Diary of an Expat, Part 48
Train travel, Eurofurence
So I wasn't in Berlin today. Instead, I went down to Magdeburg, which is in the next state over, because there was a furry convention there (oh, for those of you who didn't know, I spend a fair amount of my free time kicking around furry fandom).

Long-distance rail travel is one of the best things in the world. A €40 ticket is good for you and up to five other people, and you can take it as far as you can in a day, and then all the way back. This is pretty dope.

Trains operated through Deutsche Bahn, at least, are fast, clean, and on-time. I am writing this on my way back from Magdeburg, and I have not actually had my ticket checked, but this process if it occurs will involve a conductor checking to make sure you have valid fare — in the same fashion as any other train, except over longer distances.

When you do this, you also get to experience the lovely German countryside, in particular those places which seem to have been created as photo opportunities for renewable energy. Last time I left Berlin, it involved rolling past a sea of sunflowers, whilst in the background a series of wind turbines spun lazily. This time, instead of sunflowers it was photovoltaics, which I guess is pretty much just an evolution on the concept.

THe German countryside is really, really lovely. In late August / early September, it's lush and green, and the greenery reaches up to entomb the old wooden buildings and farmhouses that Germany's travails have left behind. It's picturesque, in a way; really, it reminds me of growing up in rural Oregon, which has a similar "the achievements of man, going back to nature" vibe to it.

There are direct trains between Berlin and Magdeburg, which run fairly regularly, and then some indirect trains that run all through the night. So to clarify, it is entirely possible for you to decide that you want to go to a town fifty miles away at two in the morning, and Deutsche Bahn will grin and cheerily tell you where to get on.

Fun fact: One of the transfers I am taking involves a train whose destination is listed as being "to Schiphol," the Amsterdam airport.

So that's cool. The convention was pretty cool too — I only stayed for a day, which is in any case enough time to relate a few major differences between Eurofurence and American furry conventions, which are generally my stomping grounds. Such as:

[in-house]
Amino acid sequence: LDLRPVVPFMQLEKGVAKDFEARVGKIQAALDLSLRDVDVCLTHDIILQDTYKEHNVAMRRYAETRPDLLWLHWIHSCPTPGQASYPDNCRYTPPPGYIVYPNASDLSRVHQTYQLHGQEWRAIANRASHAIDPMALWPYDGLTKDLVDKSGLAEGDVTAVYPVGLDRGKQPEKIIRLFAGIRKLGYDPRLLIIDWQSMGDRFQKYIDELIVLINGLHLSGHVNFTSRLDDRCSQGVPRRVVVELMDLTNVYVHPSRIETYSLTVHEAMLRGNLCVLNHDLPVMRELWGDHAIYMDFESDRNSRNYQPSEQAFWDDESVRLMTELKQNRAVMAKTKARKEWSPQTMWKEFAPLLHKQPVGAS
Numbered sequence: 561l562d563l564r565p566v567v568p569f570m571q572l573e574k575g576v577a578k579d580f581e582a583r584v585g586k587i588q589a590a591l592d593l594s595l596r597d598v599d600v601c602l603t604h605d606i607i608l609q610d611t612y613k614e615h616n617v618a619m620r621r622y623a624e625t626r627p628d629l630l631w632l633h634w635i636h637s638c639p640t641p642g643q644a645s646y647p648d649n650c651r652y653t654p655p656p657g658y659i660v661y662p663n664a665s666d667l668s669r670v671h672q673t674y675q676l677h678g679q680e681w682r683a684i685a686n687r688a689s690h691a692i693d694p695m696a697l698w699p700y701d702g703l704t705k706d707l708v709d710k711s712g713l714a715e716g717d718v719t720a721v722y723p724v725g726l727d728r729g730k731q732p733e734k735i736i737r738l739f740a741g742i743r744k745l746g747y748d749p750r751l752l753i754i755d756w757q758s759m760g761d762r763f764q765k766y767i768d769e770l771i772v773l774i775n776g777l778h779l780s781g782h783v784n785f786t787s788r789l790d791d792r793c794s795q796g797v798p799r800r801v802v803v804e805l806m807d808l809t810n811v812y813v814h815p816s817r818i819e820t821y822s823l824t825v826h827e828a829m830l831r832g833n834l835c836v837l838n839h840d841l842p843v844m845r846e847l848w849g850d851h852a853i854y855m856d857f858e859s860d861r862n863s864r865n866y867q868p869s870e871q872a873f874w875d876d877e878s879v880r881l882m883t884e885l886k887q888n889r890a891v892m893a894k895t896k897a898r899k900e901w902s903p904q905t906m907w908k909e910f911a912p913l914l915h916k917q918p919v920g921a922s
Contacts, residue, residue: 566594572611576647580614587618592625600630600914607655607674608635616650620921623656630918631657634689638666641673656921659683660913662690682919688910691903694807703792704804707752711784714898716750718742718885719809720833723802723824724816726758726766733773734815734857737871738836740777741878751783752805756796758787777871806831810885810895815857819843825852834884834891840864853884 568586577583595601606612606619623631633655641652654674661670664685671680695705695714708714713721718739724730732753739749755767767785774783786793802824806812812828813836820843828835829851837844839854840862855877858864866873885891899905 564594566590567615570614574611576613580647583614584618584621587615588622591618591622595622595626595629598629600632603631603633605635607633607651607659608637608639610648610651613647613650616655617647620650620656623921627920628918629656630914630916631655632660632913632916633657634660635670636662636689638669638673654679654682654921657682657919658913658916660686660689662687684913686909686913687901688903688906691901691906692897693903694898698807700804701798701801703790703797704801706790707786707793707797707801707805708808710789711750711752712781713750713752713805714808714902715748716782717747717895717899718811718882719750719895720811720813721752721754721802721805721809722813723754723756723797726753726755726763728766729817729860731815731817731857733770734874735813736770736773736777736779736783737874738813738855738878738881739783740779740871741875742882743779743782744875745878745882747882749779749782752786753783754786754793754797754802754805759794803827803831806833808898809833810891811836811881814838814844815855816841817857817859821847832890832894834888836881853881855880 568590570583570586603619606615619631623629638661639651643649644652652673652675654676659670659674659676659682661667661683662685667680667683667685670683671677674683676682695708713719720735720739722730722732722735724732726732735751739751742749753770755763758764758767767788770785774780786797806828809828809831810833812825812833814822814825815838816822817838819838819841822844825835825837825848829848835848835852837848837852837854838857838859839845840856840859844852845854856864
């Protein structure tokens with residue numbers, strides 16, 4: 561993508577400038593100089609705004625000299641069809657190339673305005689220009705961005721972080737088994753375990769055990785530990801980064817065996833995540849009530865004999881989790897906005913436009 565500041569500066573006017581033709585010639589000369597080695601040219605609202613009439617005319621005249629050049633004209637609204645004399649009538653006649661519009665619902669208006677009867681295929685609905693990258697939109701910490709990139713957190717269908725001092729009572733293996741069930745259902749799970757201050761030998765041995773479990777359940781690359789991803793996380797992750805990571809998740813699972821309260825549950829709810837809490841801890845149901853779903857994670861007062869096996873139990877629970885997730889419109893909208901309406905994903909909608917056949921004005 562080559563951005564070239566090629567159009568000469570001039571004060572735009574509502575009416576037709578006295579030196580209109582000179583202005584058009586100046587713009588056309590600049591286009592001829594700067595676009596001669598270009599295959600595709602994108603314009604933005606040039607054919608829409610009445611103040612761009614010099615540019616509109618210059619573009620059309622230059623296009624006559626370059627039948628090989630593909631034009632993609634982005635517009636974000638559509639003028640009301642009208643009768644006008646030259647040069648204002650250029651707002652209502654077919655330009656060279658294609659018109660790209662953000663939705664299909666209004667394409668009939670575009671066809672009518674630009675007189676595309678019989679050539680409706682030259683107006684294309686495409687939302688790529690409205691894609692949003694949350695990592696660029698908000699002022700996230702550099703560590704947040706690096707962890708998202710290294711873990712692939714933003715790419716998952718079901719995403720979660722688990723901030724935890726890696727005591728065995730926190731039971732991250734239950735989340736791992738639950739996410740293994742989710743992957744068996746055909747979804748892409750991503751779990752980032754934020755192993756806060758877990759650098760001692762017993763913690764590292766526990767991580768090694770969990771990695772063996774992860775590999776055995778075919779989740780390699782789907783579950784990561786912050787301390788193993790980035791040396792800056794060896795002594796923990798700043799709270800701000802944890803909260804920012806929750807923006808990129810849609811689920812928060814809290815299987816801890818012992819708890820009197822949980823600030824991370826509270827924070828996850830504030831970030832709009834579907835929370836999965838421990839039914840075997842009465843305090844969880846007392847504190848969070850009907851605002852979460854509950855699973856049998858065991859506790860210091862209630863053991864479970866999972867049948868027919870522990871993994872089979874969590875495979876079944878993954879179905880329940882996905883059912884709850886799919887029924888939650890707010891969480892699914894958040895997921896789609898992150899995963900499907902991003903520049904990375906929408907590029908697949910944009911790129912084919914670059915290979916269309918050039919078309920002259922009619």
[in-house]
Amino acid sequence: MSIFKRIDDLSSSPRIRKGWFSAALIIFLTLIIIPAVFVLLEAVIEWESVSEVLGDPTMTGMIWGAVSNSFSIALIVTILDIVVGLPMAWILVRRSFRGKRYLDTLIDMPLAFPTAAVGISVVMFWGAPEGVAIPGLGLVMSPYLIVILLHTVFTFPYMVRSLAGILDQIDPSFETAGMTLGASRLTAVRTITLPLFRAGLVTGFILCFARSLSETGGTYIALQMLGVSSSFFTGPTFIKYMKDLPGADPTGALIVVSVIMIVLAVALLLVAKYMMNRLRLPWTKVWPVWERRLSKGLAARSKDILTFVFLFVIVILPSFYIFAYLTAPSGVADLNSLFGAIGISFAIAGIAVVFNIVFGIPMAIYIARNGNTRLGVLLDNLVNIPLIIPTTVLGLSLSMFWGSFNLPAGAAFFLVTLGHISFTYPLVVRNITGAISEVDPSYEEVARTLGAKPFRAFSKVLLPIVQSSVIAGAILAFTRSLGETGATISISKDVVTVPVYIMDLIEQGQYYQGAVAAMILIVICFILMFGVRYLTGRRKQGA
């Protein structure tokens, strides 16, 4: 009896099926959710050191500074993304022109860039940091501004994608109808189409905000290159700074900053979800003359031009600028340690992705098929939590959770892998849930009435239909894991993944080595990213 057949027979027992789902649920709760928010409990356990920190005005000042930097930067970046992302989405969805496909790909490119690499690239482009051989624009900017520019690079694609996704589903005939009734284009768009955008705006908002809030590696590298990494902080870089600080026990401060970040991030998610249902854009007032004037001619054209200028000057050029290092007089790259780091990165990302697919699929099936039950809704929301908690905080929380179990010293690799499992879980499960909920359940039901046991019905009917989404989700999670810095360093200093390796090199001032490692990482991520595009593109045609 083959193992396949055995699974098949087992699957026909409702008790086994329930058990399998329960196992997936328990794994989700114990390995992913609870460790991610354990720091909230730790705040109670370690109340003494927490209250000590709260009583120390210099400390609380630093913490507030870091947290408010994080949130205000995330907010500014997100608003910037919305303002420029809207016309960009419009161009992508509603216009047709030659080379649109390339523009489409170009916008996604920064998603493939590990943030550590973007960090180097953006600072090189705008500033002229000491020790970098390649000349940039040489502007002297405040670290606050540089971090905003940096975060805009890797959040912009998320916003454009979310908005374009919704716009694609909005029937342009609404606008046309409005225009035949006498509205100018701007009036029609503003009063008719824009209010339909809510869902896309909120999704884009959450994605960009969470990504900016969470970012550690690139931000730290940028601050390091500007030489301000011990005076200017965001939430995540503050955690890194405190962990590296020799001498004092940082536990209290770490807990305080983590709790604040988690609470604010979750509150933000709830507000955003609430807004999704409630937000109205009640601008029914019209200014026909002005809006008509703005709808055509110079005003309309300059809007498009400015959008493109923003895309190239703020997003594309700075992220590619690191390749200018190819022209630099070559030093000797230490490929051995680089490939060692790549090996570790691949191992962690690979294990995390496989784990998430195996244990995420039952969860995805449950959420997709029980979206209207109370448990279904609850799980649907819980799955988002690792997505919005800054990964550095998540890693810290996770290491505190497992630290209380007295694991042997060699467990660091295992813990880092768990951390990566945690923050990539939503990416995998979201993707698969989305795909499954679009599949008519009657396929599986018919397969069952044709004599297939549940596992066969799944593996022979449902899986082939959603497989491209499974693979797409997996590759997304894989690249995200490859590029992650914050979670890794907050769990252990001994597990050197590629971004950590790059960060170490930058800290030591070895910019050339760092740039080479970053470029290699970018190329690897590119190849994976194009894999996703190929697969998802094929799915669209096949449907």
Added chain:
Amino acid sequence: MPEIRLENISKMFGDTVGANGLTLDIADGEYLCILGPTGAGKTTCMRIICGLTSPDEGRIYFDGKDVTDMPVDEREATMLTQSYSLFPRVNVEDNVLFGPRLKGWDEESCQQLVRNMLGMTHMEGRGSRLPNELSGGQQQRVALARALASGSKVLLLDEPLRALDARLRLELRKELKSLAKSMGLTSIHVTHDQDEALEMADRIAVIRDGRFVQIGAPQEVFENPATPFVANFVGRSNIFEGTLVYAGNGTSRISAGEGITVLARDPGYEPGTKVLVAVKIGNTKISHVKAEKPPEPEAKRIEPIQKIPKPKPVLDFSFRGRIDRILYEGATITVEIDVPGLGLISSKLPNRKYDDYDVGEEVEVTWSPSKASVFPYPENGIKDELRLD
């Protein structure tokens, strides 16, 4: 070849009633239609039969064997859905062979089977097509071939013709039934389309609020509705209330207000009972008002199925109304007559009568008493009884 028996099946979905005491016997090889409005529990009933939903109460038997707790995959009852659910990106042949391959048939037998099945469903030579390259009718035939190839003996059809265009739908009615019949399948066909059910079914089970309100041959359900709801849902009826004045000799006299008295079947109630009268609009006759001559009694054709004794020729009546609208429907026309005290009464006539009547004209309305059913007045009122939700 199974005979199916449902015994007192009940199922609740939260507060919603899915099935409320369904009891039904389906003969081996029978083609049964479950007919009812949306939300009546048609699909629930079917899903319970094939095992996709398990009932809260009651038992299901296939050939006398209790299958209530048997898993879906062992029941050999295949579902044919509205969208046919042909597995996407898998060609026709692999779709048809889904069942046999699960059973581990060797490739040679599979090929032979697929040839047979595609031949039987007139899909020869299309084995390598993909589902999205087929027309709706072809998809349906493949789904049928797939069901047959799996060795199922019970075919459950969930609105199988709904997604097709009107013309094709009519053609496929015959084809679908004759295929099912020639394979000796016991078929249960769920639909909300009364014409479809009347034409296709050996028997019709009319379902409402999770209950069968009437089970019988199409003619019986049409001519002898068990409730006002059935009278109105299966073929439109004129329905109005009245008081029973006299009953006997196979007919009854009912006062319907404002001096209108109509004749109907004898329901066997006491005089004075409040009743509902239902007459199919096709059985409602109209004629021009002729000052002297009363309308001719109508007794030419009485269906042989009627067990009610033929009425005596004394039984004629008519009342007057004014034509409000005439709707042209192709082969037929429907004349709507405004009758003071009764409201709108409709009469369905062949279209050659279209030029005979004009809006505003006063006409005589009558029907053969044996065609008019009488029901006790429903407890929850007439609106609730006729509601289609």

• American conventions start on Friday, occasionally Thursday, and run through Sunday. Eurofurence starts on Wednesday, and ends Sunday, with people getting in Tuesday some of them and leaving Monday. This is what happens when you actually get vacation.

  • Things are a lot more laissez-faire, though. I was trying to register, and me and my friend were told that the registration attendants would show up "when they feel like it," which is a far cry from the choreographed, disciplined staff at American conventions, who communicate by walkie-talkie and look like police agents.

  • Panels run longer, and the audience seems either older, or better-read, or both. Both of the writing panels I went to today, by different people, placed a strong emphasis on participation and feedback from the audience that is a hit or miss thing in the States (I personally do not really believe in it, so I could be biased)

  • The parties are omnipresent and apparently run into "the wee hours of the morning," where "wee" is "6 or 7," which for five nights in a row is pretty crazy, but then

  • It's totally kosher to bring a glass of beer or wine to a panel and kick back with it whilst listening to the panelist, which is something that American conventions need to get on accepting right the hell now

Other than that, it's more of the same, which probably means that people are more or less the same everywhere. Quelle surprise.

Either way I'm insanely tired, so I'm going to catch some sleep on the train. Get back at y'all next week.
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